Invasion Of The Body Snatchers was the recipient of some terrifically experimental sound design back in 1978. Kaufman, Ben Burtt and his team, and composer Denny Zeitlin all agreed that the film should take advantage of not only the new Dolby system, but also of some even more expressive surround channels that some cinemas could exploit. Collectively, they wanted to push the envelope of the experience and, to this end, the movie is a stunning showcase for aural design. Though nowhere near as outrageous as Suspiria before it, Body Snatchers was to stretch out its music and its effects quite considerably, paying particular attention to the natural sounds of the environment as well as the obvious “pod” noises. MGM's disc comes with a Dolby Surround track that replicates the original audio, and also a better, more enjoyable DTS-HD MA 5.1 track that pushes things out a little further, in my opinion.
Dialogue is natural and very well presented – the gruff but monotone of Sutherland, the thick, lip-smacking twang of Nimoy, the unusual jabbering of Goldblum and the hysterical screaming of McCarthy and Cartwright all clear and precisely nuanced. Voices over megaphones – and there is a surprising amount of this – have the right crunchy distortion and buzz. Hubbub and vehicle noises are realistically conveyed. Zeitlin's score is throbbing, loud and unnerving. It is probable that the score and the sound effects have been emphasised a little more than they originally sounded, but in this case, I would say that this is a very welcome move that brings the audio sensory experience into a much more active domain that fascinates and emboldens the paranoia of the story.
Little sounds are extremely well picked-out and delineated amidst the overall design. The whirring and compression of the dump-trucks. The sirens and alarms that gradually replace the sounds of nature on the audio track. You'll hear a little metallic squeak as a chair in Matthew's house is spun around that really slices across the soundscape with such clarity that it may have you looking around for the culprit in your own room. Telephones ringing are also acute and positioned correctly. The off-camera sound of McCarthy getting hit by a car is wonderfully positioned as being just off and around the corner to the right, the subsequent clamour of voices and a police siren bustling left to right is also very well presented. There are many montage scenes of crowds in the street – footsteps, jumbled voices, and the series of telephone calls that Matthew makes and receives from public call-boxes – and these are all highly integrated and, as the film goes on, increasingly heightened. The sudden roar of the two police motorbikes that zoom past the taxi in the tunnel is wonderfully depicted – the engine aftershock thunders convincingly behind us after they have moved past. Invasion is one of the best examples of urban audio sound design and the mix does it proud.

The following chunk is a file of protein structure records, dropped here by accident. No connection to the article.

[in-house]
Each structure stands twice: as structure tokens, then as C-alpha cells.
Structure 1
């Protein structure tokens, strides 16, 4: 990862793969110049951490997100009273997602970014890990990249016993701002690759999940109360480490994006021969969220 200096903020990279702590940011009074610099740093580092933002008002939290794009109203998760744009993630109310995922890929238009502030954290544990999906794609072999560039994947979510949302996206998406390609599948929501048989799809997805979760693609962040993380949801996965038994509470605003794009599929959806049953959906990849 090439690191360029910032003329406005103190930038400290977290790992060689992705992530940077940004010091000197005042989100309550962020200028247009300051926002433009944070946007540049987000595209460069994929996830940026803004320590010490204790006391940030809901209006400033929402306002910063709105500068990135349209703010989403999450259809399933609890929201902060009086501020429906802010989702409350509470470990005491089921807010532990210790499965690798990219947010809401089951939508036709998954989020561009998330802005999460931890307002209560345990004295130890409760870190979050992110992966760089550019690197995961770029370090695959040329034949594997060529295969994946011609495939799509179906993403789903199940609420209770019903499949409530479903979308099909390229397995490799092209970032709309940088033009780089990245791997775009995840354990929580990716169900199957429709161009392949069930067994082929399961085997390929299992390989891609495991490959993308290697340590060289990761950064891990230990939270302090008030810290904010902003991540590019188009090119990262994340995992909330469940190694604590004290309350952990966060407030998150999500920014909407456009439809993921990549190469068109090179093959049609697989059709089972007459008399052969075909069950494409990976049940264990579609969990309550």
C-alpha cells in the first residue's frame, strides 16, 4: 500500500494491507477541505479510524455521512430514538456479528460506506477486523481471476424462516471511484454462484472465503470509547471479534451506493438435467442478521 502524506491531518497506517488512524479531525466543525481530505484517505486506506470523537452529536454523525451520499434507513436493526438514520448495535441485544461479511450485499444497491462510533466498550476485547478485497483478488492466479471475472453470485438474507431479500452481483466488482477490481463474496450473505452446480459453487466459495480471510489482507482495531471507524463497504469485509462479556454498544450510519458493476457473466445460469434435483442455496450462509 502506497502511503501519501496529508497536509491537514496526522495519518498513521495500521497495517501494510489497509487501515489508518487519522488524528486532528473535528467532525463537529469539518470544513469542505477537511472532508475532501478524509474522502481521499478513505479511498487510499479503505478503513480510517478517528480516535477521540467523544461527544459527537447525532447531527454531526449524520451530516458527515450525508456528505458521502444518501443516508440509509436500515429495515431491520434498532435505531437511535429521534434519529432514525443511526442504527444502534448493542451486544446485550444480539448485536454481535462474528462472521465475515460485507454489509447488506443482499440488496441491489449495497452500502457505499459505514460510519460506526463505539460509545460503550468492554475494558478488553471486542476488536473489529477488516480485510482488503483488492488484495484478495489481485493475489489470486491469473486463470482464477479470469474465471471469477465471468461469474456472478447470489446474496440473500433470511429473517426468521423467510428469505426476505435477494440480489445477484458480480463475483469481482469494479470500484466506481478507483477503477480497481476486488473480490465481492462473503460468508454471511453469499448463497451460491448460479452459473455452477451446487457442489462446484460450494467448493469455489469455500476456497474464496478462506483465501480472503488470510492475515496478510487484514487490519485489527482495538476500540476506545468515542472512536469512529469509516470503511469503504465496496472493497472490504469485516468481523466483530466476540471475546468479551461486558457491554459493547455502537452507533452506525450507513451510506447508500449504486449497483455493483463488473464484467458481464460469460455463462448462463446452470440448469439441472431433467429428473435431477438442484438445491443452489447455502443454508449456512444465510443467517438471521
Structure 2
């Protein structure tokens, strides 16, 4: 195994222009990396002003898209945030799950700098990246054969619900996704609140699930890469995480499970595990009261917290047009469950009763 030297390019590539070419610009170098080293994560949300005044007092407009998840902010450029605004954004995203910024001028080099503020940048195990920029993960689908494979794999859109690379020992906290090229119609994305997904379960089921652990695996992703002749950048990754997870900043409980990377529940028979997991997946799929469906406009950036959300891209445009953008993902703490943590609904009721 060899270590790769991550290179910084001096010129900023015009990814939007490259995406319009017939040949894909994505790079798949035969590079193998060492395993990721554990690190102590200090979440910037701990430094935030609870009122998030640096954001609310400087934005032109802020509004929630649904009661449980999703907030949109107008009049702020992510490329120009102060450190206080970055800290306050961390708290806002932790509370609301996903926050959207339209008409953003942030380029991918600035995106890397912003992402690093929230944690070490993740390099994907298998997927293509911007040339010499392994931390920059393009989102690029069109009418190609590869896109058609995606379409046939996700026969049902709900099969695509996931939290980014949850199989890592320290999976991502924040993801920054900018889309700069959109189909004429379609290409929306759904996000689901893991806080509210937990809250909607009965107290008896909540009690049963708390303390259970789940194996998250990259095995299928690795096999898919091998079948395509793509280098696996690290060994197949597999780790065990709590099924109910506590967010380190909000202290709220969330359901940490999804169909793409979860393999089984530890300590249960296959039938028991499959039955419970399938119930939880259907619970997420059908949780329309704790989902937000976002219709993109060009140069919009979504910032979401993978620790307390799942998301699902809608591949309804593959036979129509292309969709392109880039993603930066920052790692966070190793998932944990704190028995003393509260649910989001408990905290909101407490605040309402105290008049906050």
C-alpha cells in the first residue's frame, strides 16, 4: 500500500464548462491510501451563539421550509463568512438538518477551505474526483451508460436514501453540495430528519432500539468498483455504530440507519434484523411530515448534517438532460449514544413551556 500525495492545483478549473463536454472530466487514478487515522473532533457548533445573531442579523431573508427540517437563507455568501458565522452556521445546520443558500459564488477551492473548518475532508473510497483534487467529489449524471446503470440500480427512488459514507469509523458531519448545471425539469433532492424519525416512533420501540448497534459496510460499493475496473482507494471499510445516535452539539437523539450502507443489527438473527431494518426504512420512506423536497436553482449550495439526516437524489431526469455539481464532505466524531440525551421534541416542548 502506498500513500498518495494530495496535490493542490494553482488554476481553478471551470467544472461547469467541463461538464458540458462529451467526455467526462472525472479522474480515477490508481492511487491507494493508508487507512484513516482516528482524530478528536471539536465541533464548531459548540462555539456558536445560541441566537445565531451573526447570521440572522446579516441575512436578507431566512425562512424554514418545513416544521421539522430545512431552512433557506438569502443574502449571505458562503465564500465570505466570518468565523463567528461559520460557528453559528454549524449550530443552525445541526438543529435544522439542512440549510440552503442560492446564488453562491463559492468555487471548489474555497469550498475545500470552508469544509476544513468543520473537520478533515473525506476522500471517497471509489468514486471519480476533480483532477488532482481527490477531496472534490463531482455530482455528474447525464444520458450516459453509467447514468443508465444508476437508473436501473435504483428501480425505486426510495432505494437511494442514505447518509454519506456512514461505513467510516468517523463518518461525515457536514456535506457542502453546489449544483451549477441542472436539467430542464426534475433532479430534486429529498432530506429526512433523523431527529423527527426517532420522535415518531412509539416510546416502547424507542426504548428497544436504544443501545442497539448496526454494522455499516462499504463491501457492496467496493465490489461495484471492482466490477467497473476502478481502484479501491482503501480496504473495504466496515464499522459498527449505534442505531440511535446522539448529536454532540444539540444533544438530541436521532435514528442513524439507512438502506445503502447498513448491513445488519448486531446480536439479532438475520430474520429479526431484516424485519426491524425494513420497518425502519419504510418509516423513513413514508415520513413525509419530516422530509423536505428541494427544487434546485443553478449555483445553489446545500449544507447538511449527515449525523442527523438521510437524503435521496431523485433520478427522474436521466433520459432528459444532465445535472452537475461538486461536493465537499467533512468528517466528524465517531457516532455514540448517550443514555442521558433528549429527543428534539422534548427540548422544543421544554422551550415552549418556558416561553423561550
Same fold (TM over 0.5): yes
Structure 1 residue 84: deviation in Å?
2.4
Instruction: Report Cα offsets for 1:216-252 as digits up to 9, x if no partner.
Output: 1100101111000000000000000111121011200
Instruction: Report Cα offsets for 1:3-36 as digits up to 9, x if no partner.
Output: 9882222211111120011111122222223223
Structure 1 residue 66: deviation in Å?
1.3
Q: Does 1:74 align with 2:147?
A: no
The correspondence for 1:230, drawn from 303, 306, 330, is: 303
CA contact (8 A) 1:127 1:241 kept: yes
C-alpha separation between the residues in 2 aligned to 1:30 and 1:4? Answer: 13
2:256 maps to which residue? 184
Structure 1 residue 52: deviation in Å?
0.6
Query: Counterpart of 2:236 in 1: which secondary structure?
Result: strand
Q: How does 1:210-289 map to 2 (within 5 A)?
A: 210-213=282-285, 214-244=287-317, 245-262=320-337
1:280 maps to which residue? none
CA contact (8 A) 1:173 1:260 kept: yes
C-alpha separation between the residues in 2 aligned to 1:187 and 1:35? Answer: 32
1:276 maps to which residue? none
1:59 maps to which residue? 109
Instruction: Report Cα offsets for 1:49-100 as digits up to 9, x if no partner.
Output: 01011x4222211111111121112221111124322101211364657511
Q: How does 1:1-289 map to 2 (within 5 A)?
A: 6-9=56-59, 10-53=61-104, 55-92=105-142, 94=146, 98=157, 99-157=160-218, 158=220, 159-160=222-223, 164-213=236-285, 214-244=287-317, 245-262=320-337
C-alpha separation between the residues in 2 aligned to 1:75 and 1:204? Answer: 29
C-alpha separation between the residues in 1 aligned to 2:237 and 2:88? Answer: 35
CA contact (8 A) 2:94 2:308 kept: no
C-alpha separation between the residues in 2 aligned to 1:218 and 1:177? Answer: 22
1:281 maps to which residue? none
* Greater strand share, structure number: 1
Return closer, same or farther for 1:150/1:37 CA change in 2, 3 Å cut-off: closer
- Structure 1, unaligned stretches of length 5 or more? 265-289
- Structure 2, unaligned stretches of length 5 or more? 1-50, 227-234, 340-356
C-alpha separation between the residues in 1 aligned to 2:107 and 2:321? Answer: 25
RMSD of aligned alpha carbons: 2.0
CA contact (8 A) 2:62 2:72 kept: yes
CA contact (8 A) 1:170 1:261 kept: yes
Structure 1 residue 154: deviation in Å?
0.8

This disc gets another very strong 8 out of 10, folks.
MGM do something really weird here. They offer us a two-disc set – the BD and a DVD – which has the same extra features on each platter, except for the great commentary track from Phil Kaufman which, for some unknown reason, is only to be found on the DVD! Now, to be honest, I'm very familiar with the director's comments already from the previous DVD, so I didn't listen to his track this time. To be honest, I also felt a little irrationally loathe to spin the DVD in the first place. But the track is extremely good value, folks, so if you haven't already heard it, I certainly wouldn't hesitate in recommending it.
In his very scene and shot-specific commentary, the director paints the environment and the era in which he made his film. He discusses how he came to remake Siegel's film and how he opted to change certain things, develop others. We hear a lot about San Francisco and the locations the production used – as well as the liberal use of the TransAmerica Building and the noise they all caused at the scene of Matthew's house. He tells us how many of the shots were achieved, as well as the effects. The themes and the socio-political concepts of the story are analysed and stylistic touches are pointed out and defended. Denny Zeitlan's score and Ben Burtt's sound effects are examined and the cast are embellished with many anecdotes – the Dancing Bellicecs, for example. Kaufman has a great voice, and a relaxed and relaxing nature and his chat-track is eminently entertaining.